Doing the repairs if your landlord won't
If your landlord won't do repairs, there's a procedure you must follow if you want to arrange to have the work done and bill your landlord.
When you can deduct repair costs from rent
It is possible to pay for minor repairs if your landlord won't do them within a reasonable time and take the cost out of your rent.
But there are risks with doing this:
private landlords might take steps to evict you
there is a process you must follow and it is time consuming
you are responsible for the quality of the work but you can't do it yourself
if you get benefits to help with rent, your payments could be suspended or reduced until the issue is resolved
Do not withhold rent. You don't have the right to stop paying rent even if your landlord won't do repairs.
If you decide to deduct repair costs from your rent, you must follow all the steps below.
1. Write to tell your landlord about repairs
You must let your landlord know that repairs are needed.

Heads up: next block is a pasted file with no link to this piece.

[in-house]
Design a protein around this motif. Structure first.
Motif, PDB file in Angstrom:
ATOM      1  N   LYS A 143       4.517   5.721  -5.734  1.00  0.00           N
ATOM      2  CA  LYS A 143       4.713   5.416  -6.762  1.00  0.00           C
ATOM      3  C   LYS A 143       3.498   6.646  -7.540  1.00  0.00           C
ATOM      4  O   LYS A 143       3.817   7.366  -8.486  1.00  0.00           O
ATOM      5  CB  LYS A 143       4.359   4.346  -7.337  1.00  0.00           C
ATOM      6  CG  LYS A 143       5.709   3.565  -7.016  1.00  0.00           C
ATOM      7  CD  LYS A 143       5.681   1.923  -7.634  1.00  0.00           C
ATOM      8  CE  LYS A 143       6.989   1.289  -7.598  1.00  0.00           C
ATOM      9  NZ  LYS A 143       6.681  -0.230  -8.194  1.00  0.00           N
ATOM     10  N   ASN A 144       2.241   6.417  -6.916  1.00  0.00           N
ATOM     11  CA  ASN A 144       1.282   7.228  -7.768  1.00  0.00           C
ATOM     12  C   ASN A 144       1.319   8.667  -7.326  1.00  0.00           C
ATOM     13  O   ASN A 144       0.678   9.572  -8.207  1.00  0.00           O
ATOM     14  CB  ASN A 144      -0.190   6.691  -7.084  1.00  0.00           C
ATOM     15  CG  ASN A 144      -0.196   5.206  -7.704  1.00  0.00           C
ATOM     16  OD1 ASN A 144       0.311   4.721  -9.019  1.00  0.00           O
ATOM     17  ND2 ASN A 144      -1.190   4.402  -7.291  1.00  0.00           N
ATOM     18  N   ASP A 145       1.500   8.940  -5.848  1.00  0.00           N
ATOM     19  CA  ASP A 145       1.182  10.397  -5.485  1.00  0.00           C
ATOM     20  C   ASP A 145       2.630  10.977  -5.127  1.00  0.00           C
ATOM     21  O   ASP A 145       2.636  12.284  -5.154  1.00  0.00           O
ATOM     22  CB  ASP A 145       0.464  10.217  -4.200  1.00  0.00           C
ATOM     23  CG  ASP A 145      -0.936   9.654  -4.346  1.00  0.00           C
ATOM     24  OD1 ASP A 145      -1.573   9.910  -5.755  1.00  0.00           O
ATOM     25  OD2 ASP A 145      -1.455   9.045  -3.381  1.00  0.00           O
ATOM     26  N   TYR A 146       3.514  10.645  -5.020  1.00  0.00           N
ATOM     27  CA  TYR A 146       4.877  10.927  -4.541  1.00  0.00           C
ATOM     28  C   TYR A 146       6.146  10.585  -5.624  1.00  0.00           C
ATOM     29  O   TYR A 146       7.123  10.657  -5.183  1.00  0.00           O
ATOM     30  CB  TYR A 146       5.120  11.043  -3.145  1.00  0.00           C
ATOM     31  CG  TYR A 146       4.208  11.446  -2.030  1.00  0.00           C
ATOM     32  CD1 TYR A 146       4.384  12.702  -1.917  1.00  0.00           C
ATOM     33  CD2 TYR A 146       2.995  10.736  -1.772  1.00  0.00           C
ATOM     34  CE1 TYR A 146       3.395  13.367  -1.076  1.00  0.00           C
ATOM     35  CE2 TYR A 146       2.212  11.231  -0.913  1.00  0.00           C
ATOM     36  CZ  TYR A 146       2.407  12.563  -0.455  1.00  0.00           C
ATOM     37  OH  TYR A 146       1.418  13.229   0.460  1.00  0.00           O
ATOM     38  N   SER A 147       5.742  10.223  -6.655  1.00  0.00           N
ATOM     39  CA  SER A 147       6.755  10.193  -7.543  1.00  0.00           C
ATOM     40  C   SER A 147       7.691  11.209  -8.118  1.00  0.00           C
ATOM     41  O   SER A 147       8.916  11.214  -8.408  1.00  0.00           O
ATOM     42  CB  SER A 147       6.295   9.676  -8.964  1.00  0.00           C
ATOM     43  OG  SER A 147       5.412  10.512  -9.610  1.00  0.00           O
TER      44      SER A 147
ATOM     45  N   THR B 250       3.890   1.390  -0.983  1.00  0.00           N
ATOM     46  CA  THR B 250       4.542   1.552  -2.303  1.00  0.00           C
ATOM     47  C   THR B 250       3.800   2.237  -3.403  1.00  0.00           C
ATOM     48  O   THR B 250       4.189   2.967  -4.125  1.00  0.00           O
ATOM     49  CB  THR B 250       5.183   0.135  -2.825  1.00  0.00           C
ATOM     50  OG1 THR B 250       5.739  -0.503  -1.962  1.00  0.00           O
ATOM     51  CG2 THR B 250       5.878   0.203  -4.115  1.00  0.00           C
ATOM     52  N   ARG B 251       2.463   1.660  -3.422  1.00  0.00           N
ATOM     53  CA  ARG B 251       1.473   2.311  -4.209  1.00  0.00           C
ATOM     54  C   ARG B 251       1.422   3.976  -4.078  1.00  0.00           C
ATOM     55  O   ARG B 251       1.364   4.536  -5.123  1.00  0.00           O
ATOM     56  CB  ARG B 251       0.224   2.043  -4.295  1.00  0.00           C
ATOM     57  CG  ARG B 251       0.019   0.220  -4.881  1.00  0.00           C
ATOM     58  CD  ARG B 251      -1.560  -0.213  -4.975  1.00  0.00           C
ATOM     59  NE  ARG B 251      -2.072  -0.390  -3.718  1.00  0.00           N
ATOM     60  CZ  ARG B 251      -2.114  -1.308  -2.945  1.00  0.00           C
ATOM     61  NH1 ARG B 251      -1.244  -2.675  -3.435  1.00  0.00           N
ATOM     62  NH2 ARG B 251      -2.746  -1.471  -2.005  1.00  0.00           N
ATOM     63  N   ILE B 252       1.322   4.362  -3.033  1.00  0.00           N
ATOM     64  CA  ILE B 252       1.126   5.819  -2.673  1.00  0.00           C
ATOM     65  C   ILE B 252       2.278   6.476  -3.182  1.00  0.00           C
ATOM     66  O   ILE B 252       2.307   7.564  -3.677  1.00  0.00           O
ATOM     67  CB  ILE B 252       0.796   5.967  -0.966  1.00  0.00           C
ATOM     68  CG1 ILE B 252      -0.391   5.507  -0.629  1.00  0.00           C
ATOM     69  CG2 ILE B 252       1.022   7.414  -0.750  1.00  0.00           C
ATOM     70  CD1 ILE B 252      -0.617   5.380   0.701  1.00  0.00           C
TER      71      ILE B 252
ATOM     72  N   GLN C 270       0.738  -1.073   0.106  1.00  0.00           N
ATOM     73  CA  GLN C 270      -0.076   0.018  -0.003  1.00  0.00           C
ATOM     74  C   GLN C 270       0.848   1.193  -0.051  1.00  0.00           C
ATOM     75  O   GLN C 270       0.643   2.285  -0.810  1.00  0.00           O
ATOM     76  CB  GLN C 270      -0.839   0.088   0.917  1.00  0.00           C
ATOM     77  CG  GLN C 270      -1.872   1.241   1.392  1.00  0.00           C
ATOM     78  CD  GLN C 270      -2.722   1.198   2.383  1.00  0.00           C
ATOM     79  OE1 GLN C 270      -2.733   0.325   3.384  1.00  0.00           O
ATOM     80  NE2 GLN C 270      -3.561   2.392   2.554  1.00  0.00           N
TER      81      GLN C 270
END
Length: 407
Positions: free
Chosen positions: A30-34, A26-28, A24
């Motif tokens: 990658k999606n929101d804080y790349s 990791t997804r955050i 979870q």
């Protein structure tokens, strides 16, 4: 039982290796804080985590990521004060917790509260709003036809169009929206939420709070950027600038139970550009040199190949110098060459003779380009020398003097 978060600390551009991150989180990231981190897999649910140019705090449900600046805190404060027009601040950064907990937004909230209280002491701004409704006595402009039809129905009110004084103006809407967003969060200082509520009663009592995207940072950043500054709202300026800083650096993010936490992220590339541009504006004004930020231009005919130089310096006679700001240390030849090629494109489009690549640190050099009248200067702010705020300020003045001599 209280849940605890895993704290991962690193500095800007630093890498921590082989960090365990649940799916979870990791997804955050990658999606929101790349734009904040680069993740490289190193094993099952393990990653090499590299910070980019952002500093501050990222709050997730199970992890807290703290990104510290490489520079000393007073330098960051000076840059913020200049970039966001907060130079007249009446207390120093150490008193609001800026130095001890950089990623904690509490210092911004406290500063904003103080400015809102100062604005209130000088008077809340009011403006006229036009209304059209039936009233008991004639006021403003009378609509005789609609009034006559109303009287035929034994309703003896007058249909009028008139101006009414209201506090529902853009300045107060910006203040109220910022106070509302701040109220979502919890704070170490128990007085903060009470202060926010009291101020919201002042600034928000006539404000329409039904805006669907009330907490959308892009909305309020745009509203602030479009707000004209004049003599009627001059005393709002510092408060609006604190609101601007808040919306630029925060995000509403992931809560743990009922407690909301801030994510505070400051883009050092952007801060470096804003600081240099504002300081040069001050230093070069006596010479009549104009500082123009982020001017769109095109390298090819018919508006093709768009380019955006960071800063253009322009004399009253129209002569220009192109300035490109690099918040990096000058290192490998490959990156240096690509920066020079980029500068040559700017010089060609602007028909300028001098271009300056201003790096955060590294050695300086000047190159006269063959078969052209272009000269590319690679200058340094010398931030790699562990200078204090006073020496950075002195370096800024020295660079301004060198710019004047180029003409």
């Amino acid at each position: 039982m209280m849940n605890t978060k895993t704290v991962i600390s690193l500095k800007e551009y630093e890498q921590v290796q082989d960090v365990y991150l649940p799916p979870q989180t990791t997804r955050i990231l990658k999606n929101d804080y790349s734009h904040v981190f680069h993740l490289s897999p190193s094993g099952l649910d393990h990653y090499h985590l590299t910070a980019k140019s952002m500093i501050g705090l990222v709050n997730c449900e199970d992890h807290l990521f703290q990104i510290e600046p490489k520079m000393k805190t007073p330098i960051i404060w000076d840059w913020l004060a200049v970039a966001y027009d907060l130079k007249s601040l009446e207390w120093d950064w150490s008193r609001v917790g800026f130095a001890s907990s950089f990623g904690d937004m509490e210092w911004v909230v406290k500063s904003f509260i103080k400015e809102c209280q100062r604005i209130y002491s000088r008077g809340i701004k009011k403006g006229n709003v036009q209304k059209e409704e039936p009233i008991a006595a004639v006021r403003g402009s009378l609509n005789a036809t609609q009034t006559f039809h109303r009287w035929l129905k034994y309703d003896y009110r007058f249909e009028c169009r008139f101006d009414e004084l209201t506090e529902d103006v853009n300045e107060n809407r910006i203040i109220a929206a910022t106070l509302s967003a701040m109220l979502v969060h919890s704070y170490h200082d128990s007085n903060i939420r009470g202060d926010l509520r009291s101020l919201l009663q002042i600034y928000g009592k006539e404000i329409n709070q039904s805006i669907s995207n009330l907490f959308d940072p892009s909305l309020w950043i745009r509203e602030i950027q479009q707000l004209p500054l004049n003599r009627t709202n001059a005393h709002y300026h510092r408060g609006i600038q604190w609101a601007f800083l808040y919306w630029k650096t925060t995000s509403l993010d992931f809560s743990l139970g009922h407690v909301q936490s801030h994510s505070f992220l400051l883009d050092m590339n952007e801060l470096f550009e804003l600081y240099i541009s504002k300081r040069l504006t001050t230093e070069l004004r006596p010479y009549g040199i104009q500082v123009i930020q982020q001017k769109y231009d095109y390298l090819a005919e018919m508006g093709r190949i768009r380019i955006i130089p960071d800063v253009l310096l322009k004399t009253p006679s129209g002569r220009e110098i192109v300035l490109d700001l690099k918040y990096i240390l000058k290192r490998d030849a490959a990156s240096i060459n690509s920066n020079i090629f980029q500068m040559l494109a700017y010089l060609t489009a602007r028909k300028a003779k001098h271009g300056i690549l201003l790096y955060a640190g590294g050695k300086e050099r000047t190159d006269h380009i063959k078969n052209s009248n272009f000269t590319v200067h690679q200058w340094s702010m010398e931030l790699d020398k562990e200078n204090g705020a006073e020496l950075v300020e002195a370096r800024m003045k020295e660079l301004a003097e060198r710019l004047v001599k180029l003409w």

Keep copies of all letters to and from your landlord and accurate records of what you've paid.
2. Write again if the work does not start
Write to your landlord again if you don't get a reply or if the work doesn't start.
Explain that unless the repairs are done within a certain time (for example 2 weeks), you'll arrange the work yourself and take the cost of the repairs out of your rent.
You can't deduct any other costs from your rent money.
You can ask your landlord for compensation to cover extra costs caused by the repair problem. For example, if you had to replace damaged belongings.
3. Get 3 quotes and send to your landlord
If your landlord does not fix the problem by the deadline, get 3 quotes for the repair work from reliable contractors.
Send the quotes to your landlord with a letter explaining that unless they get the repairs done within a certain time (for example 2 weeks), you'll go ahead with the cheapest quote.
4. Arrange for repair work to be done
Once the time you gave your landlord has passed, if your landlord hasn't responded, arrange for the work to be done by the contractor that gave the cheapest quote.
Don't proceed if you have doubts about the contractor. You'll have to put things right if the work is done badly.
5. Send receipts to your landlord
Pay for the work yourself and send a copy of the receipt to your landlord with a letter asking them to refund the money.
6. Write to confirm rent deductions
If your landlord doesn't pay you, write and confirm that you're going to deduct the money from your future rent.
Explain exactly when the deductions will start and how long they'll last.
Last updated: 14 December 2021